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Night science for kids : exploring the world after dark
Where is it?
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School Library Journal Review
Gr 4-6-This attractive and informative collection of activities provides ample background material before sending readers out into the dark. Introductory chapters explain the reason for the night and make recommendations for equipment, clothing, and safety practices. The bulk of the book focuses on the behavior of nocturnal animals, birds, and insects. A subsequent chapter covers observing the night sky. The closing section discusses dawn and dusk. Activities are interesting, informative, and within the abilities of young readers. Adult help is specified when needed, as in building an owl house. The writing is clear and readable, with a light and sometimes humorous tone. Outstanding full-color photos illustrate the projects well, and depict a good mix of boys and girls. With its combination of nighttime zoology and astronomy, Krautwurst's book is more advanced than Pamela Hickman's The Night Book (Kids Can, 1999), and its information on astronomical phenomena is similar to that found in Graham Dolan's The Greenwich Guide to Day and Night (Heinemann Library, 2001).-Jeffrey A. French, Euclid Public Library, OH (c) Copyright 2010. Library Journals LLC, a wholly owned subsidiary of Media Source, Inc. No redistribution permitted.
Booklist Review
Gr. 3-7. Krautwurst's chatty, interactive approach will draw middle-graders to this handsome, large-size guide, as will the browsable, well-organized design, with clear type on thick paper and lots of beautifully reproduced color photos that show kids outside at night and the creatures that they see. The attractive pages are packed with a wealth of detailed scientific information on everything from the anatomy of an owl's eye (there's a reflective layer, a tapetum, behind the retina) to the Mizar and Alcor stars in the Big Dipper. Safety rules are always emphasized (don't touch the bat or bother it ), and many of the practical activities begin with the instruction Ask a grown-up to help you. In fact, the pictures accompanying elaborate carpentry projects, such as constructing a bat house, clearly show adults in charge. The book can also serve as a handbook for young campers and outdoor explorers, with rules for watching wildlife and suggestions for interpreting tracks and signs, sharpening night senses, planting a moonlight moth garden, building a night exploring trail, and much more. The sense of wonder grounded in the gritty, practical facts and projects makes for a great science story about the dark world waiting to be discovered just outside the door. --Hazel Rochman Copyright 2003 Booklist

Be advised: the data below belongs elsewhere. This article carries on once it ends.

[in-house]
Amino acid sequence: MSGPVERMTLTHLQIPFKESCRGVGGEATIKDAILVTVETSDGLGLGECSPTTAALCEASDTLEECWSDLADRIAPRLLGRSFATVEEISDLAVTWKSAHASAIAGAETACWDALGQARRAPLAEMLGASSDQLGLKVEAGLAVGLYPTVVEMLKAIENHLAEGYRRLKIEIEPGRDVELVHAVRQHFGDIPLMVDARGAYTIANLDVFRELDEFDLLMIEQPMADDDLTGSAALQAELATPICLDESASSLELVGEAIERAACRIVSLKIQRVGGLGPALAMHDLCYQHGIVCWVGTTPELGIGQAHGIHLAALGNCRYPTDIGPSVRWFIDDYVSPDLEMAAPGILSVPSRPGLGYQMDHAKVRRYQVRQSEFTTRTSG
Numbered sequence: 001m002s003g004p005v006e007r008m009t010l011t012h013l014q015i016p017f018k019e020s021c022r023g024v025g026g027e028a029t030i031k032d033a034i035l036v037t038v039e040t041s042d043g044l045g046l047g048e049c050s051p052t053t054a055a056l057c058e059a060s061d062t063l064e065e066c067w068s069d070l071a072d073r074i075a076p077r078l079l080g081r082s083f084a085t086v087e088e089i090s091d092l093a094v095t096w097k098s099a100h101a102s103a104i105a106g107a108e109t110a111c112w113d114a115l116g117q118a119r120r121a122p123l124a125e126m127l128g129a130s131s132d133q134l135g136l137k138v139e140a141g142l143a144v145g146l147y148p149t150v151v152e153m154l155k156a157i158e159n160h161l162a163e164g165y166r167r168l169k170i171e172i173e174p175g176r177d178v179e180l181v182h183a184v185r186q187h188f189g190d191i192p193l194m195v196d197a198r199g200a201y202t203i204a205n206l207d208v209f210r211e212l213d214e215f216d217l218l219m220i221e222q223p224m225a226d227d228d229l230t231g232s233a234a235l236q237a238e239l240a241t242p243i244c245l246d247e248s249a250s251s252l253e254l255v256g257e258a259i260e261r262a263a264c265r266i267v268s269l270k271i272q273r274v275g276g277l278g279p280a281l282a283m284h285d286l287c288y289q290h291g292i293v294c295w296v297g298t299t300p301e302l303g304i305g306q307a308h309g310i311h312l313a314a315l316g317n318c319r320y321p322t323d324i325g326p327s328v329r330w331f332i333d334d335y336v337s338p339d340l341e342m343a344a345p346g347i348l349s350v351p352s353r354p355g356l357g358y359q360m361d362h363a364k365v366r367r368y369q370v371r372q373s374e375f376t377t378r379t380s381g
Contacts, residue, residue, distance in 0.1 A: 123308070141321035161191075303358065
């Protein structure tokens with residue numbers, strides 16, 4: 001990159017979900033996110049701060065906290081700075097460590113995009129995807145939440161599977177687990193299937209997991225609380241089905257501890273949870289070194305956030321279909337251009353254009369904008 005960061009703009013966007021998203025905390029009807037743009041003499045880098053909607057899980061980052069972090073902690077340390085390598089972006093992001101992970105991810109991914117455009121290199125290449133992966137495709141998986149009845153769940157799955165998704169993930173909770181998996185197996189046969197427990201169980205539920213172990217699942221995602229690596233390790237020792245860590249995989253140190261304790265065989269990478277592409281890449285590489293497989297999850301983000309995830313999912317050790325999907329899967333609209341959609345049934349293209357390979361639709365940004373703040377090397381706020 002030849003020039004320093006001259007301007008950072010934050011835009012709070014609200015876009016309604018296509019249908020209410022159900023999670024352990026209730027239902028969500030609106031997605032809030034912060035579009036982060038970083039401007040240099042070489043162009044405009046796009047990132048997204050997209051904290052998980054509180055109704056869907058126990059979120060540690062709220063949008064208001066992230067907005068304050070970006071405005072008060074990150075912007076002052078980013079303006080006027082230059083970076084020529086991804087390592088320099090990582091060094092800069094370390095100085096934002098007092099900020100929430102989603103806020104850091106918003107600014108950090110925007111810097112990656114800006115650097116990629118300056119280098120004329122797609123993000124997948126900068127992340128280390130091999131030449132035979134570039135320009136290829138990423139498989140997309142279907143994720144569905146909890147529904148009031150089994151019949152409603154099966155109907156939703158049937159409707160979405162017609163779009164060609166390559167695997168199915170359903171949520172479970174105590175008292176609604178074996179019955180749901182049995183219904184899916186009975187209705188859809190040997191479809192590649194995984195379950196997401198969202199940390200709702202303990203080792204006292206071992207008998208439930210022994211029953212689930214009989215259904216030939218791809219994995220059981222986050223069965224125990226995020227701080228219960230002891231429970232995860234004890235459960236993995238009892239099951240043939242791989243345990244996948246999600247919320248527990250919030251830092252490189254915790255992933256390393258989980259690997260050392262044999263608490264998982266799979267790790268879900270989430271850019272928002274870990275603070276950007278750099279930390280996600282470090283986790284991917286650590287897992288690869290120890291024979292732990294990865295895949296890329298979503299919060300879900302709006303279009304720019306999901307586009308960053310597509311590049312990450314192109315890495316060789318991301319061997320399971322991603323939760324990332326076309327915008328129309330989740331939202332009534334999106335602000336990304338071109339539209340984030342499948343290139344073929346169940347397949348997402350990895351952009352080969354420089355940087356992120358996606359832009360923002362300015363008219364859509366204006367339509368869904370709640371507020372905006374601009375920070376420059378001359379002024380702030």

Horn Book Review
Krautwurst examines multiple aspects of the night+from nocturnal animals to early-morning birds, from night vision to astronomy. The lively text contains interesting details, and the activities (such as making plaster casts of animal tracks) are clearly described. Color photos show the animals, as well as the children learning about them, and diagrams accompany the construction projects. Ind. (c) Copyright 2010. The Horn Book, Inc., a wholly owned subsidiary of Media Source, Inc. No redistribution permitted. All rights reserved.
Kids will want to grab a flashlight and start discovering the night world with the help of this safety-minded, abundantly illustrated and exciting combination of nature guide and fun activity book. Staying up late is just part of the fun, because children will also find the answers to many of the most intriguing questions: Why is the nighttime dark? Why does the length of the night change with the seasons? Why is darkness important to plant and animal life? Youngsters will meet fascinating nocturnal creatures, build a bat house, and begin to recognize different owl hoots. The stars will beckon as kids learn how to read the night sky, recognize constellations, and understand how Earth fits into the big picture. And these new night explorers can construct a camouflage blind, and garden by moonlight, too. Plenty of parent-friendly safety considerations are included.
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